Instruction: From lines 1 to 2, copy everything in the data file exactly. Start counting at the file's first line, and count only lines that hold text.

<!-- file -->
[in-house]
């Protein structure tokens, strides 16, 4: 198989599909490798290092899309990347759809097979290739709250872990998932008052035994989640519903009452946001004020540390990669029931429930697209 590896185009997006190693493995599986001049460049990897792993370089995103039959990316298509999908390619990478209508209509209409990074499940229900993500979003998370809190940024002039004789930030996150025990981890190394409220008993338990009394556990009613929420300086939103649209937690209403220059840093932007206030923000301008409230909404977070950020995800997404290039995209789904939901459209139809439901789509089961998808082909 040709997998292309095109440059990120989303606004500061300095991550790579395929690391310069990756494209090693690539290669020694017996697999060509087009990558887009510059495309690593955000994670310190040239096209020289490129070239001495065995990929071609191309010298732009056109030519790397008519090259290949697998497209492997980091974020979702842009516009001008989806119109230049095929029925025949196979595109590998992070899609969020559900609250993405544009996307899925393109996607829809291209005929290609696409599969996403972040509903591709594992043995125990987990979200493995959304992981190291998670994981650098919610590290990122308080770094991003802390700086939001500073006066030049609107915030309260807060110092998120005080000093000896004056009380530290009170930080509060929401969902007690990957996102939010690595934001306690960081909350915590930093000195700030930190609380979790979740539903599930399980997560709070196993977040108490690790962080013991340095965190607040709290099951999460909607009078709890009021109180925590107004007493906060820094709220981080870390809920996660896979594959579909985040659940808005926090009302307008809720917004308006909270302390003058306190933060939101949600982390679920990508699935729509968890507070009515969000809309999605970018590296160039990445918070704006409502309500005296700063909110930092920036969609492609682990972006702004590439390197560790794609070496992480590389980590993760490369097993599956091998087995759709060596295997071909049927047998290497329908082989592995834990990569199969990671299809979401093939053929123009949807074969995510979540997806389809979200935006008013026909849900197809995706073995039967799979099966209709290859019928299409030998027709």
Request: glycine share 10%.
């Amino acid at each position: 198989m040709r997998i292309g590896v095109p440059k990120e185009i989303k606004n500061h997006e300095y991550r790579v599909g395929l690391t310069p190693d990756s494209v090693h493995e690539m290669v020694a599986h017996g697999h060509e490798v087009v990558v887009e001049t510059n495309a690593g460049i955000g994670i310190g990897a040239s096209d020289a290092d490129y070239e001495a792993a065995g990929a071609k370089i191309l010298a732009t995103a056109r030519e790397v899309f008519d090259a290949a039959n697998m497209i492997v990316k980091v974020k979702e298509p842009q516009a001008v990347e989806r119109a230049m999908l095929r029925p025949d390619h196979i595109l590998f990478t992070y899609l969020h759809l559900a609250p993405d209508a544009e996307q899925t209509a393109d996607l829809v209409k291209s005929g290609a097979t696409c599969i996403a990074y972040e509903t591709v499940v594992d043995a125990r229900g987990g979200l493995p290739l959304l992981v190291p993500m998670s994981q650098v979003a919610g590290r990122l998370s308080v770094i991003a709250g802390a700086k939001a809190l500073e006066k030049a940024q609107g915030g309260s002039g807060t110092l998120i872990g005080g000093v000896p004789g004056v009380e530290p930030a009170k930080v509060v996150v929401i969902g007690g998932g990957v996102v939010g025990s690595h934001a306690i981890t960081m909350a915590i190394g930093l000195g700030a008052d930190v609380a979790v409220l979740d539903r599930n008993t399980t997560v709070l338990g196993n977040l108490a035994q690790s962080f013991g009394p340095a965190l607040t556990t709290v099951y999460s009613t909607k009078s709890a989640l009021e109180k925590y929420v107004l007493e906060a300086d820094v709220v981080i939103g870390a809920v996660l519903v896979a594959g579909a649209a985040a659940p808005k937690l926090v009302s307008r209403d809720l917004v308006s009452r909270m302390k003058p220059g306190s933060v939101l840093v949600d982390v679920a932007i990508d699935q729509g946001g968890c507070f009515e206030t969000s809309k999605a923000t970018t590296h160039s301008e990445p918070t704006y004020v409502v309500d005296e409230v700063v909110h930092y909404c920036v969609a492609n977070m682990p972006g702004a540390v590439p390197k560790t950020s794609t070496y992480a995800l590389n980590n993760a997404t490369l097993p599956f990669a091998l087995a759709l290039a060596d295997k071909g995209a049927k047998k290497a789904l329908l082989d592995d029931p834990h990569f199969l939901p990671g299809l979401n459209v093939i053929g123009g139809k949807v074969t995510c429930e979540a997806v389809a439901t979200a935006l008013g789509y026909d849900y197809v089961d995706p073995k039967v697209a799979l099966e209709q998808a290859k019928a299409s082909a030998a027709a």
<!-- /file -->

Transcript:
[in-house]
């Protein structure tokens, strides 16, 4: 198989599909490798290092899309990347759809097979290739709250872990998932008052035994989640519903009452946001004020540390990669029931429930697209 590896185009997006190693493995599986001049460049990897792993370089995103039959990316298509999908390619990478209508209509209409990074499940229900993500979003998370809190940024002039004789930030996150025990981890190394409220008993338990009394556990009613929420300086939103649209937690209403220059840093932007206030923000301008409230909404977070950020995800997404290039995209789904939901459209139809439901789509089961998808082909 040709997998292309095109440059990120989303606004500061300095991550790579395929690391310069990756494209090693690539290669020694017996697999060509087009990558887009510059495309690593955000994670310190040239096209020289490129070239001495065995990929071609191309010298732009056109030519790397008519090259290949697998497209492997980091974020979702842009516009001008989806119109230049095929029925025949196979595109590998992070899609969020559900609250993405544009996307899925393109996607829809291209005929290609696409599969996403972040509903591709594992043995125990987990979200493995959304992981190291998670994981650098919610590290990122308080770094991003802390700086939001500073006066030049609107915030309260807060110092998120005080000093000896004056009380530290009170930080509060929401969902007690990957996102939010690595934001306690960081909350915590930093000195700030930190609380979790979740539903599930399980997560709070196993977040108490690790962080013991340095965190607040709290099951999460909607009078709890009021109180925590107004007493906060820094709220981080870390809920996660896979594959579909985040659940808005926090009302307008809720917004308006909270302390003058306190933060939101949600982390679920990508699935729509968890507070009515969000809309999605970018590296160039990445918070704006409502309500005296700063909110930092920036969609492609682990972006702004590439390197560790794609070496992480590389980590993760490369097993599956091998087995759709060596295997071909049927047998290497329908082989592995834990990569199969990671299809979401093939053929123009949807074969995510979540997806389809979200935006008013026909849900197809995706073995039967799979099966209709290859019928299409030998027709």